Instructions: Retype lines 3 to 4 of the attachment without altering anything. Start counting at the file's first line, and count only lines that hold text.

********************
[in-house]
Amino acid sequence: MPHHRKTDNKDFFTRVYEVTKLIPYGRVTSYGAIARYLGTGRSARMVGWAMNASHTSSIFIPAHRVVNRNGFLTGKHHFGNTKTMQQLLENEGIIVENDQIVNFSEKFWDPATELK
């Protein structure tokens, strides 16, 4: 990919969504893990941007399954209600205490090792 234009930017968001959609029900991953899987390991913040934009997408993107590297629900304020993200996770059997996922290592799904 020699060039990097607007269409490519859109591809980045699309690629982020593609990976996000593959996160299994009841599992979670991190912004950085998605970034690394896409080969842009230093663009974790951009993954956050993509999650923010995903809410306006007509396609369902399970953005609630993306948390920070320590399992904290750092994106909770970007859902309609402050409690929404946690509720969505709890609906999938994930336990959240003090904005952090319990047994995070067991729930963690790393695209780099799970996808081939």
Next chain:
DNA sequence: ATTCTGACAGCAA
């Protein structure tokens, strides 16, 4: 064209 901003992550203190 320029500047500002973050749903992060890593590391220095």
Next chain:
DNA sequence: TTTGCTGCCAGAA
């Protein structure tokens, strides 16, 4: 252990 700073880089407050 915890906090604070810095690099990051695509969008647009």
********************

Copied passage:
């Protein structure tokens, strides 16, 4: 990919969504893990941007399954209600205490090792 234009930017968001959609029900991953899987390991913040934009997408993107590297629900304020993200996770059997996922290592799904 020699060039990097607007269409490519859109591809980045699309690629982020593609990976996000593959996160299994009841599992979670991190912004950085998605970034690394896409080969842009230093663009974790951009993954956050993509999650923010995903809410306006007509396609369902399970953005609630993306948390920070320590399992904290750092994106909770970007859902309609402050409690929404946690509720969505709890609906999938994930336990959240003090904005952090319990047994995070067991729930963690790393695209780099799970996808081939």
Next chain: